Following Spotify, Kaspersky has now also filed a complaint against Apple for its monopolistic App Store practices. Kaspersky Lab has filed a complaint against Apple with the Federal Antimonopoly Service in Russia.
In its blog post, Kaspersky has detailed the situation which led to it filing a complaint against Apple.
Apple had sent a notice to Kaspersky Labs last year saying that its Kaspersky Safe Kids iOS app does not meet the para 2.5.1 of the App Store guidelines. The app made use of configuration profiles which Apple wanted Kaspersky to remove. This would have led to two key features — app control and Safari browser blocking — being removed from the app as they rely on the use of configuration profiles.
Both features are essential. The first allows parents to specify which apps kids cannot run based on the App Store’s age restrictions. The second allows the hiding of all browsers on the device, so kids can open Web pages only in Kaspersky Safe Kids’ built-in secure browser, which protects them from unsafe content.
What irked Kaspersky Labs is that Apple enforced this policy right around the time it announced iOS 12 with its own Screen Time feature. This allows users to monitor and limit the amount of time they spend on websites, inside apps, and more. Essentially, Kaspersky feels that Apple used its position as an App Store owner to ensure that no third-party app was able to compete with the features introduced by it.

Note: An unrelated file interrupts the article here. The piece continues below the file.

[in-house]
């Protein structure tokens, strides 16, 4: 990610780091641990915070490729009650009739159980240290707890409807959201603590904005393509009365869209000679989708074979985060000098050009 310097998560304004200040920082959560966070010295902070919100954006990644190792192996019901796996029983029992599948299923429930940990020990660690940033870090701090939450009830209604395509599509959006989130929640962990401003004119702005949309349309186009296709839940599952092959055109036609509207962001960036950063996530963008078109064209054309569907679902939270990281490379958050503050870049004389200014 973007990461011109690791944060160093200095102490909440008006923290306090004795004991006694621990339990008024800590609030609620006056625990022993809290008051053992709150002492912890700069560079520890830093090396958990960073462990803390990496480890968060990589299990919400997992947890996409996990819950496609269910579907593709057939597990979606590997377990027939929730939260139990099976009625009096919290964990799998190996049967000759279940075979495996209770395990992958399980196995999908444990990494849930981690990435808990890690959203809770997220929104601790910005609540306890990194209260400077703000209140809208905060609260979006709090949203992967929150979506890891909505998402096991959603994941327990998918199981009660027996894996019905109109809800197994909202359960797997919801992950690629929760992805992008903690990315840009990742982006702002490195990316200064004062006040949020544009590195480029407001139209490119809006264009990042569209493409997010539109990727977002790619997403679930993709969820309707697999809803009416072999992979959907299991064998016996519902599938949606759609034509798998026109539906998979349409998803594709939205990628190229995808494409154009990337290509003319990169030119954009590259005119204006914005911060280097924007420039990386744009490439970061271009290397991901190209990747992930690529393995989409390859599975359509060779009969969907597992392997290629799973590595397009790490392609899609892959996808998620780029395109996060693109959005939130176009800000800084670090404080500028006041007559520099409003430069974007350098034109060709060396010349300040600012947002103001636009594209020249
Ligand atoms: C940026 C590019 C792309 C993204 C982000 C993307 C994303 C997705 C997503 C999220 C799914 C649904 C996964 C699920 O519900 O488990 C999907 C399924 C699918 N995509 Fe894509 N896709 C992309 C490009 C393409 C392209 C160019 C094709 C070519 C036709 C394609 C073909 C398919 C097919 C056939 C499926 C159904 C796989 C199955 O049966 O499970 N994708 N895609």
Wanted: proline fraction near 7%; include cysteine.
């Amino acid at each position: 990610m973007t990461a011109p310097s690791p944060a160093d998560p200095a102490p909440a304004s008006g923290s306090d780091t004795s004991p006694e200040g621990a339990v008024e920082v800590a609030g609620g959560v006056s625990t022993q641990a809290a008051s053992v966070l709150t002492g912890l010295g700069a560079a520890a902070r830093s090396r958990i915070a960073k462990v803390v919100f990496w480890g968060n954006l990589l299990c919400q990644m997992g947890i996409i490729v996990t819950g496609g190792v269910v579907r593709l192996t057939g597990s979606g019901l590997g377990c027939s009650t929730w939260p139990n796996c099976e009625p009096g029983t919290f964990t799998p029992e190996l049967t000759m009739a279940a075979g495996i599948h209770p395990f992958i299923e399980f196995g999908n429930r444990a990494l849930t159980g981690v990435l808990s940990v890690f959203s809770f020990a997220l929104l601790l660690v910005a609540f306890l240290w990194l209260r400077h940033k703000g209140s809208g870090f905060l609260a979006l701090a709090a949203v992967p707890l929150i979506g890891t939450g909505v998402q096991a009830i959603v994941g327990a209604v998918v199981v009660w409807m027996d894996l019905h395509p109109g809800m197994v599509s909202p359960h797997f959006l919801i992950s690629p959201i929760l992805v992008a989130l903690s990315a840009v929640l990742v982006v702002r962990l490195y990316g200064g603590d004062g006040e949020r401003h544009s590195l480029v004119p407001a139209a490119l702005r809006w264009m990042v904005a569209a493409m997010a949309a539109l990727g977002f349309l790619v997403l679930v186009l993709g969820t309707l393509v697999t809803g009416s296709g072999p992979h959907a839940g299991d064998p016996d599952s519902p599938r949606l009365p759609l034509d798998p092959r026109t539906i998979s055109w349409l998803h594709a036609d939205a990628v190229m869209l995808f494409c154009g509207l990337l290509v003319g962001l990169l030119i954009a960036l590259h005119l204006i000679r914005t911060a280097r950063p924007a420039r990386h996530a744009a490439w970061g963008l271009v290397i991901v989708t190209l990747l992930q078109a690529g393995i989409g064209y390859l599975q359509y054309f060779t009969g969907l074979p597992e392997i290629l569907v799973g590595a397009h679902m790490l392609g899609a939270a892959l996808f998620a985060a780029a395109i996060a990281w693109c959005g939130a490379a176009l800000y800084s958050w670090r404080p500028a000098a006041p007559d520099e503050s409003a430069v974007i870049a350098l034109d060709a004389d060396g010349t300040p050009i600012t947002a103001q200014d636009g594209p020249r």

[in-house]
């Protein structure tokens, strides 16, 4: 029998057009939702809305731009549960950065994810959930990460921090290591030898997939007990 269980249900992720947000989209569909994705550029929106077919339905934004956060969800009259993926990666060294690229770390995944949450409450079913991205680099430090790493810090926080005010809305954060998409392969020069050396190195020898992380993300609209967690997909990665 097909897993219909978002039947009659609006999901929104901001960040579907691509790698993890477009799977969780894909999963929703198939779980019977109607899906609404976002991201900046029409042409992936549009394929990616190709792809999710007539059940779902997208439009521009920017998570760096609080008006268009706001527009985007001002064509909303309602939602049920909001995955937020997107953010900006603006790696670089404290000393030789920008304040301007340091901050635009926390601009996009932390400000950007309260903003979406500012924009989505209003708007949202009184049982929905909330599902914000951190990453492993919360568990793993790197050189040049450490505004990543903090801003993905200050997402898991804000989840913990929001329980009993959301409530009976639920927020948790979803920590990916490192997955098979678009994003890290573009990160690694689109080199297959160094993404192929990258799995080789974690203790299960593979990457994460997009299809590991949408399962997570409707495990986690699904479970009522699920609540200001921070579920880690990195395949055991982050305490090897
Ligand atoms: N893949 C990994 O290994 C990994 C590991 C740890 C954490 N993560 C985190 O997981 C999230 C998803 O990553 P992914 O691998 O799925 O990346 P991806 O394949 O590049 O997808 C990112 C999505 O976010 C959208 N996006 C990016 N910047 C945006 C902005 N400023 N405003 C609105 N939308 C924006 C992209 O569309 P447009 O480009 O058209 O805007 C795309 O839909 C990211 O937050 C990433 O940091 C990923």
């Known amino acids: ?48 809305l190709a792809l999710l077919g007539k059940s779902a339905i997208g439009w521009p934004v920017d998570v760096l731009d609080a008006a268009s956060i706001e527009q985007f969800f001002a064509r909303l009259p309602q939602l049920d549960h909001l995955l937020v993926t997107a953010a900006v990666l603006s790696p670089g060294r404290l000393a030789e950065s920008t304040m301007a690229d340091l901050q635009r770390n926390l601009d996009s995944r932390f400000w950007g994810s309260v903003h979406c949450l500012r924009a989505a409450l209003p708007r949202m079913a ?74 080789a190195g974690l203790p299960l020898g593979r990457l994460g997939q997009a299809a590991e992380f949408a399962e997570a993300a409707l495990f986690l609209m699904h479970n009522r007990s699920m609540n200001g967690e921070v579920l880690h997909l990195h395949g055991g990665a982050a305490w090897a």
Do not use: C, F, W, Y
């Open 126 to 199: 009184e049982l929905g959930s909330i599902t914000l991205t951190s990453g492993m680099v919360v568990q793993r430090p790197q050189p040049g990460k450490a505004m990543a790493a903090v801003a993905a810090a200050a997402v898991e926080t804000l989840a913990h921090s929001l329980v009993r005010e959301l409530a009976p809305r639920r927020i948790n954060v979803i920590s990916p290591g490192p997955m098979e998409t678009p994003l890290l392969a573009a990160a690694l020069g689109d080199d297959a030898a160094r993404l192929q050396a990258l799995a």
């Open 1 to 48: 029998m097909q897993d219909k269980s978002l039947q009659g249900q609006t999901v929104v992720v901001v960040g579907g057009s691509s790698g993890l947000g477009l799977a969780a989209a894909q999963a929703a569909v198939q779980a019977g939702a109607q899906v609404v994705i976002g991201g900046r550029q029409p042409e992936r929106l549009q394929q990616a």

As a result of the new rules, developers of parental control apps may lose some of their users and experience financial impact. Most important, however, it is the users who will suffer as they miss out on some critical security features. The market for parental control apps will head toward a monopoly and, consequently, stagnation.
Kaspersky argues that since Apple does not allow iOS apps to be distributed anywhere else, it controls the only way developers can reach iOS users: the App Store. By controlling the App Store, Apple is able to thwart competition and create a monopoly for itself. Using its power, Apple is able to create rules which favor its own products and services and discourage users from using third-party solutions. It is due to this reason that Kasperksy has filed a complaint against Apple with the Federal Antimonopoly Service.
It is not new for Apple to change App Store rules and make changes in iOS that benefit its own services and new features. In the past, the company has numerous times asked third-party apps to remove features citing App Store rules violation and then went ahead and added the same feature to iOS.
Do you agree with Kaspersky’s reasoning here? I sure do. Guess, the time has come for Apple to play fair.
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